Thursday, June 10, 2004

Fences

The other day as we were going through the park we passed a young woman who was moving slowly, leisurely, running her fingertips across the grid of the fence, her arm dragging slightly behind her. (Is there a word for this act?)

She seemed a little sad. Lost in thought.

It's not something I see very often in real life anymore. It's a quasi-romantic/nostalgic scene that belongs in a movie. It's something schoolboys do with sticks. Is it the domain of the young to do this, and therefore occurring outside my range of vision? Or has the environment changed — fewer fences of the wrong sort entirely in inappropriate places?

Why do we do it? The sheer sensation of the rhythm, reverberating along the arm, through the body? It never seems to cause joy in itself. Though a very deliberate act, it has an absent-minded quality — the mind is elsewhere, also reverberating. Is it a zen moment? Present yet absent. Lost in absent thoughts.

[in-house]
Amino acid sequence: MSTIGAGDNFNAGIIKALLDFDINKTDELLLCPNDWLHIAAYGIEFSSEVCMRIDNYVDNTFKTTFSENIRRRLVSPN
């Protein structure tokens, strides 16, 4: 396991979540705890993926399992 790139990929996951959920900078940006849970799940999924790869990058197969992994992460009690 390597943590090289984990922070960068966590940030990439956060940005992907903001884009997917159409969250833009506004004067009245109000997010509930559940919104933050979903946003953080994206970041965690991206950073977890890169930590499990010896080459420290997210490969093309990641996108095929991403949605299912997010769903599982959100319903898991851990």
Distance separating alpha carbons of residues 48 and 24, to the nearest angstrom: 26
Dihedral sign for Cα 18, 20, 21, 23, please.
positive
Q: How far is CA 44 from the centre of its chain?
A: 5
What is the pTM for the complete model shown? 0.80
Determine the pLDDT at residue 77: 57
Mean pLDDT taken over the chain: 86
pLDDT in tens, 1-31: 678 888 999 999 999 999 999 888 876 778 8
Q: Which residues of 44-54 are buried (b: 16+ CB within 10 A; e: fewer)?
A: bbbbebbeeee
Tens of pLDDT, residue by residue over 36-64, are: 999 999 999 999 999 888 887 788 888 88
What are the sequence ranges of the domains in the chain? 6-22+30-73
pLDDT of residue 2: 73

Yesterday Helena chose to explore the corners of the playground. With outstretched arm, walking leisurely through the tall grasses, she ran her fingertips across the bars of the fence, her arm dragging behind her. She seemed lost in thought.

Did she remember the woman of the other day and want to experience the moment for herself? (Different kind of fence.) Did Helena spontaneously intuit there would be a rhythm to match her soul in this act?

We watched Love Actually last night — an utterly charming movie. Lots of laughs, but it made me cry too. Some viewers may have gripes about having to flesh out the characters and fill in plot blanks for themselves. The film is a broad-stroked sketch capturing tiny slivers of life, moments of love.

From the movie's outset we're reminded that "love actually is all around." We don't always notice it, so quiet amid the horrors of the world, but it's there, everywhere. Never mind that it crops up in the unlikeliest and sometimes most inconvenient of places. That it can cause as much grief as joy. That it's the thing war's are fought over. It's a beautiful thing.
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